L.A. Elections: Karen Bass, Hydee Feldstein Soto, and Lindsey Horvath Surge

Feldstein Soto set to become the city’s first female and first Latina city attorney, while Horvath is maintaining her lead and Bass is looking like the next mayor
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Though it may be too soon to call the results formally, uncertainty around three significant races in the 2022 Los Angeles elections is fading fast, with Hydee Feldstein Soto set to become the city’s first female and first Latina city attorney, Lindsey Horvath maintaining her lead over state Senator Bob Hertzberg in the race for an open Board of Supervisors seat, and mayoral candidate Karen Bass continuing what looks like a march towards victory.

Though Bass and rival Rick Caruso were locked in a dramatic 50-50 dead heat as the polls closed, the U.S. representative has been inching ahead, slowly but surely. As the Tuesday count showed the fifth straight updated vote totals in Bass’s favor, she is looking more and more likely to be the next mayor. 

The results are yet another testament to the power of mail-in ballots. The steady climb happening now, since Bass’s initial lag behind Caruso in vote tallies, closely parallels the June primary. Then, the real estate developer netted a 5% lead before mail-in ballots were counted, at which point Bass climbed ahead. 

For now, the Bass and Caruso camps are remaining restrained in terms of public declarations. Bass did, however, tweet her optimism and gratitude on Monday.

Caruso, meanwhile, last celebratory tweet was back on Friday, for Veterans Day—and his most recent election-related message was an announcement of cautious optimism. 

A Bass win would be historic, given the fact that she will be the first woman elected mayor of Los Angeles. Every one of the county’s five supervisors is a woman, yet L.A. has never had a female mayor.

Joining Bass in her surge ahead is Feldstein Soto, who was ahead of her opponent, Faisal Gill, by more than 85,000 votes in Tuesday’s update from the Los Angeles County Registrar-Recorder/County Clerk. This puts Feldstein Soto at a 57% to 43% advantage. And though ballots remain to be tallied, Feldstein Soto said in a statement, “the current vote count and the steady margins give our team the confidence that I will have the great privilege of serving as your next Los Angeles city attorney.” When the race is formally called, she will replace the termed-out City Attorney Mike Feuer.

The city attorney role is responsible for advising the mayor and City Council, as well as defending the city in litigation and bringing forward lawsuits on its behalf. Acknowledging this responsibility, as well as her historical run, Feldstein Soto noted, “My focus is on working quickly to organize the team and an agenda to reflect your vote of confidence.”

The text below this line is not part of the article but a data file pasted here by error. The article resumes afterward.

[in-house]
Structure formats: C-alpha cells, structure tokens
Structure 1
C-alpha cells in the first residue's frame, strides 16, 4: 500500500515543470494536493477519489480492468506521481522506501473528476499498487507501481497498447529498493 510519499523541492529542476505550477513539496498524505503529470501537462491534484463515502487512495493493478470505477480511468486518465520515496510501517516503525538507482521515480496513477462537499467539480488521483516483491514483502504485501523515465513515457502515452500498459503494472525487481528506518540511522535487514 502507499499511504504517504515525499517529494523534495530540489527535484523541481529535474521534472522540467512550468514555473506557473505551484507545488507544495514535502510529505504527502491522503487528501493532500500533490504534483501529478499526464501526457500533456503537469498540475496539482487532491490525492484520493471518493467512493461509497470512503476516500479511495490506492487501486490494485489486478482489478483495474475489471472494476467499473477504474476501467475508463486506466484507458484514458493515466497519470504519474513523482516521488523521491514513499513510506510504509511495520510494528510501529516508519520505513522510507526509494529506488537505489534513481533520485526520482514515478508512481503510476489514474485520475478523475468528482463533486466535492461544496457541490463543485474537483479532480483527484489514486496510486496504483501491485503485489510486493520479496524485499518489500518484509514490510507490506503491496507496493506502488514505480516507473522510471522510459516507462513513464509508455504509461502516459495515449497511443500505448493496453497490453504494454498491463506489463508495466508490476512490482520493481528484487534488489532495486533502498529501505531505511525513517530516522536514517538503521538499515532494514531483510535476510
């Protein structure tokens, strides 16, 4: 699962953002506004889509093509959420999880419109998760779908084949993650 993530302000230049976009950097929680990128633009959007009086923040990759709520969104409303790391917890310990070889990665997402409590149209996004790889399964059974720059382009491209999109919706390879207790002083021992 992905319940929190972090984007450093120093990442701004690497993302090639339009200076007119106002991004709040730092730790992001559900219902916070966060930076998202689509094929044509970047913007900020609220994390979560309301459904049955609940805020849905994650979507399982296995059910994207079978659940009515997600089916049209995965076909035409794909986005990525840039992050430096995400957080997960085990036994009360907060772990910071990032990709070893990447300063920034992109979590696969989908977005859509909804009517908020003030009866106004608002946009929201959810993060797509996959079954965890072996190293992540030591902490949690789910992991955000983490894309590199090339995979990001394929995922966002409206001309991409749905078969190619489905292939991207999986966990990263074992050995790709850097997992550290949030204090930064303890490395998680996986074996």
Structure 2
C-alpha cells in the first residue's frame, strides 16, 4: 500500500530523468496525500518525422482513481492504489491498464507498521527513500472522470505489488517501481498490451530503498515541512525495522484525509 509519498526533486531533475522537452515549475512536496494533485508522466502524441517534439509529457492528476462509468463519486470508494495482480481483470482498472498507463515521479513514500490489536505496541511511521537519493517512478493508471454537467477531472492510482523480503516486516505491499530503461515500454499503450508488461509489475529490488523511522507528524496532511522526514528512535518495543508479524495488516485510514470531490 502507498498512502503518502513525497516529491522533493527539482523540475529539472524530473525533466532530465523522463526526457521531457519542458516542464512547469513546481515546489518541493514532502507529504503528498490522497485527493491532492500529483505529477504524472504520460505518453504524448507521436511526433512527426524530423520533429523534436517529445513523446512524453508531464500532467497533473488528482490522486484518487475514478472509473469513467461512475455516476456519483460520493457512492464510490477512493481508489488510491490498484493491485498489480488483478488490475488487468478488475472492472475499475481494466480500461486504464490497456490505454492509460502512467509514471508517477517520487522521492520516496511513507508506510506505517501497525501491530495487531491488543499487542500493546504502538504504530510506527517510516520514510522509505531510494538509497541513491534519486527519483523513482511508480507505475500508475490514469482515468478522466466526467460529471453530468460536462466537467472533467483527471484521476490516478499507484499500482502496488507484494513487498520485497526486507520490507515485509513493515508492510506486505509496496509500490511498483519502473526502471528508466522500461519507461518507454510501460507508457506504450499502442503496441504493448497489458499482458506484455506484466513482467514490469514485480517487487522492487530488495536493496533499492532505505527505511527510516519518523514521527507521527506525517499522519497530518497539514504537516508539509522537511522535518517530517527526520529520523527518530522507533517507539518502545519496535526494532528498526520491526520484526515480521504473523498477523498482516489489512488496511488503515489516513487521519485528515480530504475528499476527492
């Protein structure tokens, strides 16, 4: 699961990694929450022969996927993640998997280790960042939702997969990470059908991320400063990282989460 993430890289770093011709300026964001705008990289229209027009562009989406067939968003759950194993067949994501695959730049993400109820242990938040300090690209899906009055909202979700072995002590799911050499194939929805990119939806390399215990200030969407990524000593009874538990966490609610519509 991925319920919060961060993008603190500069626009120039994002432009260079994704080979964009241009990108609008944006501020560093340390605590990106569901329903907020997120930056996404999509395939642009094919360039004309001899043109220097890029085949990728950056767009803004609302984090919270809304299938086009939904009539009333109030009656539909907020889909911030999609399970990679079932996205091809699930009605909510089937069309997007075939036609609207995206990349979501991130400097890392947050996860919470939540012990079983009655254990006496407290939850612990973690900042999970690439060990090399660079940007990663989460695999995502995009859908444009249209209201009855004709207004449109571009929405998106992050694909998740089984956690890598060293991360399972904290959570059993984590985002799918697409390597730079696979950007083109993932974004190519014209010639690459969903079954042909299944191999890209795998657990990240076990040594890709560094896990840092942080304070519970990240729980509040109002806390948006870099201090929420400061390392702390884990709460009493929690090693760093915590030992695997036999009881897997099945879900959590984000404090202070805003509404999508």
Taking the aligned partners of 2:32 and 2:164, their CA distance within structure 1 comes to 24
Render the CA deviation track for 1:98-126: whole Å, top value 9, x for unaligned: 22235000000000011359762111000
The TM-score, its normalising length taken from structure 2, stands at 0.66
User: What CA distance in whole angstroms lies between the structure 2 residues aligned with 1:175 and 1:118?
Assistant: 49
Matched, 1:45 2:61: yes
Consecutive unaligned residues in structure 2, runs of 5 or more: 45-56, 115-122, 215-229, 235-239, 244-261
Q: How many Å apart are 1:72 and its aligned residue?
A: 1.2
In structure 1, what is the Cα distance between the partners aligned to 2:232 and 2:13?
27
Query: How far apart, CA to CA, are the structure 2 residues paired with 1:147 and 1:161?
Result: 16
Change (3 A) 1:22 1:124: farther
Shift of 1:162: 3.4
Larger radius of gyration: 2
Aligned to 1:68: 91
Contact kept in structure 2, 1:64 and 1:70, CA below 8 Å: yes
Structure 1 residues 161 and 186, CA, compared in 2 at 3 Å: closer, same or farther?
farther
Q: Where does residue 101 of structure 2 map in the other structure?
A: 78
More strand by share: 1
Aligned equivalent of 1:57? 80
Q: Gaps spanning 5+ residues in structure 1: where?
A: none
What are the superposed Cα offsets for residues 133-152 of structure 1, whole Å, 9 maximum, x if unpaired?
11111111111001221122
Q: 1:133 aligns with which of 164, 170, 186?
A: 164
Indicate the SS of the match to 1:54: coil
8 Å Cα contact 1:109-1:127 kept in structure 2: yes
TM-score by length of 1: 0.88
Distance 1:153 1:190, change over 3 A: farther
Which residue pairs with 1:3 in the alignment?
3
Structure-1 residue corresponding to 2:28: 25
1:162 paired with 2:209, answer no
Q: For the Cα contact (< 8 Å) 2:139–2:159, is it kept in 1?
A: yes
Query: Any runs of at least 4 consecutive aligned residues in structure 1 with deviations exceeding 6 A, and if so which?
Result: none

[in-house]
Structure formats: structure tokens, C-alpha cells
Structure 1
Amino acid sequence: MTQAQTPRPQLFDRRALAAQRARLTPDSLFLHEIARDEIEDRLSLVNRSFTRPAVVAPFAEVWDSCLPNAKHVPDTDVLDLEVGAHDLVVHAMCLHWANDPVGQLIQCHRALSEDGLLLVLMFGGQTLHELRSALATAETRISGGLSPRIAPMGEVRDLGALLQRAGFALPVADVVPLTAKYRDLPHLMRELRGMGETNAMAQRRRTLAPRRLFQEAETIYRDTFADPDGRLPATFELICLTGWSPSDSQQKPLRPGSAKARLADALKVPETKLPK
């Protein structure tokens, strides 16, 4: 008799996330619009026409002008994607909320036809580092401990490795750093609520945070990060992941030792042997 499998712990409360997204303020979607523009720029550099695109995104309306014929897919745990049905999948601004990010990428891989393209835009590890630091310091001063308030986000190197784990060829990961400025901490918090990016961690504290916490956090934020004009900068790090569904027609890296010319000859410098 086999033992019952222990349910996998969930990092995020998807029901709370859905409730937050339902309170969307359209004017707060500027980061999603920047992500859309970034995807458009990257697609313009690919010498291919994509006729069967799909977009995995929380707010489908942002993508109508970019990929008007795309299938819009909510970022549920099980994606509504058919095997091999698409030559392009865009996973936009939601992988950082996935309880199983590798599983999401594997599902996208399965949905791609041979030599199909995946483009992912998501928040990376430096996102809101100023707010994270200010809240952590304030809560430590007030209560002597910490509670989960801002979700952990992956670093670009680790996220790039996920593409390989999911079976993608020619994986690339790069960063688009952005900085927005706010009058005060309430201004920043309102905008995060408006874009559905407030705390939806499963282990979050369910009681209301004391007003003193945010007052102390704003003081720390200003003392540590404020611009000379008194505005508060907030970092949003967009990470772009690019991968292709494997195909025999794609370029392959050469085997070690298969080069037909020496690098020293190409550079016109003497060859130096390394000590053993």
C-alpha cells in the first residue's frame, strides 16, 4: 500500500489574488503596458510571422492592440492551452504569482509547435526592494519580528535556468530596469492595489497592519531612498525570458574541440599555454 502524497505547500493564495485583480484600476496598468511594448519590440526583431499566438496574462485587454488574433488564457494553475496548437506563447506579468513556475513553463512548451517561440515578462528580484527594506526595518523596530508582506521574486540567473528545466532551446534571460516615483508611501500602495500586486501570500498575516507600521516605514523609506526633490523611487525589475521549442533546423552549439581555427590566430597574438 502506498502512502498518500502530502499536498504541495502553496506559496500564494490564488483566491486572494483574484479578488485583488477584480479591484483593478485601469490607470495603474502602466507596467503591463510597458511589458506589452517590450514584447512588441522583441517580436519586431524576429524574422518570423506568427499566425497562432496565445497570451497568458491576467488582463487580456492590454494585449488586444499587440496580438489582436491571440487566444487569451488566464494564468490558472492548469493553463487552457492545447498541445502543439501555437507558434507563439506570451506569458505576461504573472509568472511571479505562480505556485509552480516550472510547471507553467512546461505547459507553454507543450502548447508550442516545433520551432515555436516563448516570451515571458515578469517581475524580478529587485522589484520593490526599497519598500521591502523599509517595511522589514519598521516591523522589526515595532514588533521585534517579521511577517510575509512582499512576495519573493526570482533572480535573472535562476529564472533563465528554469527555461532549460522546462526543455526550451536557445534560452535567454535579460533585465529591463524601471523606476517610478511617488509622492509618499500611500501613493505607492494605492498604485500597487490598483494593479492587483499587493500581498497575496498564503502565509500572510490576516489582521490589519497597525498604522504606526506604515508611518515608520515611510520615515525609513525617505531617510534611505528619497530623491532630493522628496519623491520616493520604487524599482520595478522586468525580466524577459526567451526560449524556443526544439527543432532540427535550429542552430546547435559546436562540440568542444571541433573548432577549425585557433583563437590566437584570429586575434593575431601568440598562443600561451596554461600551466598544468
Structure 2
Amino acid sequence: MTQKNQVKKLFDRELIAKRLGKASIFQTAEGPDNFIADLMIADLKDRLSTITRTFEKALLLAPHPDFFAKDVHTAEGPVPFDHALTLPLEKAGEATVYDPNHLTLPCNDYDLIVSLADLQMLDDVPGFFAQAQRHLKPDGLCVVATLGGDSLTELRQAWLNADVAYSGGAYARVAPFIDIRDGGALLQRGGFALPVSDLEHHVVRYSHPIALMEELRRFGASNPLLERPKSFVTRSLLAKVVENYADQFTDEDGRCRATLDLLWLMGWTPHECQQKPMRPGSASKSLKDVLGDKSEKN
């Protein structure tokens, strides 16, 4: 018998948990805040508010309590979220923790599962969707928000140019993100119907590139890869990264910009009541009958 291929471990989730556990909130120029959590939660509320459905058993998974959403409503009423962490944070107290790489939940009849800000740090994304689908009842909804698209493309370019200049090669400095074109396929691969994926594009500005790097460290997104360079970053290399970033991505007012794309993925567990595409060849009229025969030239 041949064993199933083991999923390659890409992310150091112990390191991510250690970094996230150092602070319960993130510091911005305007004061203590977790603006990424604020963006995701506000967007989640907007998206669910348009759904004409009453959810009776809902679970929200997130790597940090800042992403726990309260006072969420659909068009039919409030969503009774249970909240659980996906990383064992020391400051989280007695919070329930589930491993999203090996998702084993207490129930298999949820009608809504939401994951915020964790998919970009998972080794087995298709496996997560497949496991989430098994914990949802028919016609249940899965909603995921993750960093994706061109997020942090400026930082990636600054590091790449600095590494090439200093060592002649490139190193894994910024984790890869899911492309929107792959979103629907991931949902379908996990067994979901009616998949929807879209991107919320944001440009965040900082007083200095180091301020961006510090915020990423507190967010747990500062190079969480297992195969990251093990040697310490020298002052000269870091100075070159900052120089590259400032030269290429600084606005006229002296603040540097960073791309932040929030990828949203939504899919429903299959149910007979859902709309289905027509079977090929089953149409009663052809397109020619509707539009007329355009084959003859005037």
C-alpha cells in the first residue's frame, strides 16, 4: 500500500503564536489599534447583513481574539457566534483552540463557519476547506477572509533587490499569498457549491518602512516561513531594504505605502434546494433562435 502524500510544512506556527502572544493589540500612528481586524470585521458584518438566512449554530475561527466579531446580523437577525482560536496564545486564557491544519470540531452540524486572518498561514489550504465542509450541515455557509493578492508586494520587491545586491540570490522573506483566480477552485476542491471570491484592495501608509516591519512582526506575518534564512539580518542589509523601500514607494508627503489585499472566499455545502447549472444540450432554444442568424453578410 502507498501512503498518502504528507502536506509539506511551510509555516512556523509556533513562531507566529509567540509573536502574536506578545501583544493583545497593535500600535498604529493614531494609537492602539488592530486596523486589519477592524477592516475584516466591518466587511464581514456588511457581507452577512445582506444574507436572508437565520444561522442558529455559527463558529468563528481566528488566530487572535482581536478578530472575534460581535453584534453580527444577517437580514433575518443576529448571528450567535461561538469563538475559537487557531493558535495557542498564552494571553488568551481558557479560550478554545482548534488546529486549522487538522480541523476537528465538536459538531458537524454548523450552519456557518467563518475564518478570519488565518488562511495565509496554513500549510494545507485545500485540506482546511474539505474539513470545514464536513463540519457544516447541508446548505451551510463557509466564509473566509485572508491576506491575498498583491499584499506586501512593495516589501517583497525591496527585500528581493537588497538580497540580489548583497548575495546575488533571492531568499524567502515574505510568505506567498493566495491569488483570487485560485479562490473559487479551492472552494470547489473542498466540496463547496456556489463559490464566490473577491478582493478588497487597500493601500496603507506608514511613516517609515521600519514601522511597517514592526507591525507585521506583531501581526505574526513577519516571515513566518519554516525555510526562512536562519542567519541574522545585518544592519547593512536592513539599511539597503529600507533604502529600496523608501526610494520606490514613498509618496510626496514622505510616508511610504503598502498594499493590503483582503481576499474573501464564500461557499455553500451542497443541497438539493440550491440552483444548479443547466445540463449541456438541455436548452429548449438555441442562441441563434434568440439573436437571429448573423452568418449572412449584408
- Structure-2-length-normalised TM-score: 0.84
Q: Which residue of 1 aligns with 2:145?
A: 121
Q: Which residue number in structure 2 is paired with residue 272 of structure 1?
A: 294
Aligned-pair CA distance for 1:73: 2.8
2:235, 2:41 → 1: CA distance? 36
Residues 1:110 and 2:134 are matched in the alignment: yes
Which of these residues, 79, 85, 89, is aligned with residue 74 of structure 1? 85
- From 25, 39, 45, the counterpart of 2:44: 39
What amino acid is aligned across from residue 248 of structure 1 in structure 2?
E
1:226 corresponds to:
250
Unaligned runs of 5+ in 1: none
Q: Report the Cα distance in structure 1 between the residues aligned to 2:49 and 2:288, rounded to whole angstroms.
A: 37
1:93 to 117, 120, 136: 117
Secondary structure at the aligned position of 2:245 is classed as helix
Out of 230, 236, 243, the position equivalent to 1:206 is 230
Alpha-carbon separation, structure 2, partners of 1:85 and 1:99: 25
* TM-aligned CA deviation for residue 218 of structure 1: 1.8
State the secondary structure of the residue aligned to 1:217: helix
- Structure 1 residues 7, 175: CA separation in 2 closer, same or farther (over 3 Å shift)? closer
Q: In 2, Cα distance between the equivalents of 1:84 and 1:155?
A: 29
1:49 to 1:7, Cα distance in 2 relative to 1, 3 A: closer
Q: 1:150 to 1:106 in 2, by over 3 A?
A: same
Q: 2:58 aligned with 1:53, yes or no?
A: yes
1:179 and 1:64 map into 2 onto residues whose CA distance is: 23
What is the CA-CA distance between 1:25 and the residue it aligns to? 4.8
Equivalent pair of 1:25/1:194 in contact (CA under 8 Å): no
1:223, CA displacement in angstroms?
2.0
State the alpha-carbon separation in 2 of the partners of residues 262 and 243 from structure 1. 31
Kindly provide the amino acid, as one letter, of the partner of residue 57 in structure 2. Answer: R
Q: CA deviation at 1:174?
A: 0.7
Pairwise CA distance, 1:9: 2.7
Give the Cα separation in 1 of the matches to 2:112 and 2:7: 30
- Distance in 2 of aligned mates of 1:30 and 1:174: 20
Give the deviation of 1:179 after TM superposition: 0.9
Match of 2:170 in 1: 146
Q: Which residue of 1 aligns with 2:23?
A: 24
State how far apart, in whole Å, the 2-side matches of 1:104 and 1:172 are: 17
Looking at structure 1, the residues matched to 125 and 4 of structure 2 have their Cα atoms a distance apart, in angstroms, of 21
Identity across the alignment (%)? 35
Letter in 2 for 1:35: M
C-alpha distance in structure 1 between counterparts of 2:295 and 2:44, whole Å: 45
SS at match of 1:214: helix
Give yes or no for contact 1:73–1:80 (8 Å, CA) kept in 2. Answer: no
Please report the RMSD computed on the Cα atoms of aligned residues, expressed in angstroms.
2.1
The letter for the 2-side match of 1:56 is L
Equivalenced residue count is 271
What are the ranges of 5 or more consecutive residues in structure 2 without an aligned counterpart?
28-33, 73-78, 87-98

Homelessness and rooting out corruption are among her priorities, she said, and on her website, she makes a commitment to “use every resource” to provide access to competitive bidding and streamline approvals for housing. Regarding corruption, Feldstein Soto said she will shut down practices such as no-bid contracts, vote-trading, seat-switching, and appointments in exchange for political favors.

The surge her campaign saw was a bit of a surprise as Gill—who was endorsed by the likes of U.S. Congress members Ilhan Omar and Ami Bera—held a lead in the June primary, garnering 24% of the vote to Feldstein Soto’s 20%.

Meanwhile, West Hollywood City Council member Lindsey Horvath is also maintaining a steady lead as of the vote totals released Tuesday in the race for Los Angeles County Board of Supervisors. Running against state Senator Bob Hertzberg, Horvath’s last vote tally showed a 10,982-vote lead over Hertzberg. This signified a widening gap compared to the 8,800-vote margin on Monday.

More than 600,000 ballots countywide are believed to still be outstanding from Tuesday’s election, although it’s unclear how many of them are from District 3. The open seat covers a majority of the San Fernando Valley, stretching from Westlake Village and Malibu to Calabasas, West Hills, Porter Ranch, San Fernando, Panorama City, and Northridge, while also stretching to West Hollywood, Beverly Hills, and Santa Monica. The district’s boundaries changed dramatically during the county’s most recent redistricting effort, giving it a larger swath of the Valley. The move drew the ire of some observers—including outgoing Supervisor Sheila Kuehl, who said she felt the change gave Hertzberg an edge in the election, as he has represented the area in Sacramento.

Like Feldstein Soto, Horvath also lists the homelessness crisis as a top priority. “As a mayor and council member, I have taken action to successfully get 80% of my community’s unhoused population off the streets and into housing and services,” Horvath wrote in her official candidate statement. “As supervisor, I will get the bureaucracy out of the way, create accountability, and expand partnerships with experts who know how to help people off the streets and into supportive housing.”

Horvath said she helped spearhead an “intersectional approach” to homelessness in West Hollywood. She has called for more investment in mental evaluation teams that pair trained social workers with public safety officials responding to relevant calls for service while also committing to incorporating housing, services and community safety, and pushing for the production of transitional, supportive and long-term affordable housing. In addition to this, she is running as the only candidate endorsed by Planned Parenthood.

The next update on the vote count is expected on Thursday. The results of the election will not be certified until early December and it could be weeks before we see a victor in the race for mayor and several other close contests.

City News Service contributed to this article.

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